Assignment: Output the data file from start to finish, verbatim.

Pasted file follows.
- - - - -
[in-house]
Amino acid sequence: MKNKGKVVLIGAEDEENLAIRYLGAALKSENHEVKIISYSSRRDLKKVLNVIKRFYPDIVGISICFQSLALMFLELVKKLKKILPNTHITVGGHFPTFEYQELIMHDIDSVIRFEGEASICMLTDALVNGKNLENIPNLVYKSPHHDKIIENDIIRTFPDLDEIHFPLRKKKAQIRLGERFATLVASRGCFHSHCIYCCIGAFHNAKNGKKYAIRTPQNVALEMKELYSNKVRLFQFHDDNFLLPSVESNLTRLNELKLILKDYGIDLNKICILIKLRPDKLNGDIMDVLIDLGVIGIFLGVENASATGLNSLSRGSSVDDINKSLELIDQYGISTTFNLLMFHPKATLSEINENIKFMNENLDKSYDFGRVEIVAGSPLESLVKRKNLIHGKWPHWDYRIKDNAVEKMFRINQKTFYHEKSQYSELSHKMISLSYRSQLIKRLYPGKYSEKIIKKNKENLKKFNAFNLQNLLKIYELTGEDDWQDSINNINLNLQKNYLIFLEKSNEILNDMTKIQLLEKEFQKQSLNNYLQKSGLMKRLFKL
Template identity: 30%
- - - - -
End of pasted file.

[in-house]
Amino acid sequence: MKNKGKVVLIGAEDEENLAIRYLGAALKSENHEVKIISYSSRRDLKKVLNVIKRFYPDIVGISICFQSLALMFLELVKKLKKILPNTHITVGGHFPTFEYQELIMHDIDSVIRFEGEASICMLTDALVNGKNLENIPNLVYKSPHHDKIIENDIIRTFPDLDEIHFPLRKKKAQIRLGERFATLVASRGCFHSHCIYCCIGAFHNAKNGKKYAIRTPQNVALEMKELYSNKVRLFQFHDDNFLLPSVESNLTRLNELKLILKDYGIDLNKICILIKLRPDKLNGDIMDVLIDLGVIGIFLGVENASATGLNSLSRGSSVDDINKSLELIDQYGISTTFNLLMFHPKATLSEINENIKFMNENLDKSYDFGRVEIVAGSPLESLVKRKNLIHGKWPHWDYRIKDNAVEKMFRINQKTFYHEKSQYSELSHKMISLSYRSQLIKRLYPGKYSEKIIKKNKENLKKFNAFNLQNLLKIYELTGEDDWQDSINNINLNLQKNYLIFLEKSNEILNDMTKIQLLEKEFQKQSLNNYLQKSGLMKRLFKL
Template identity: 30%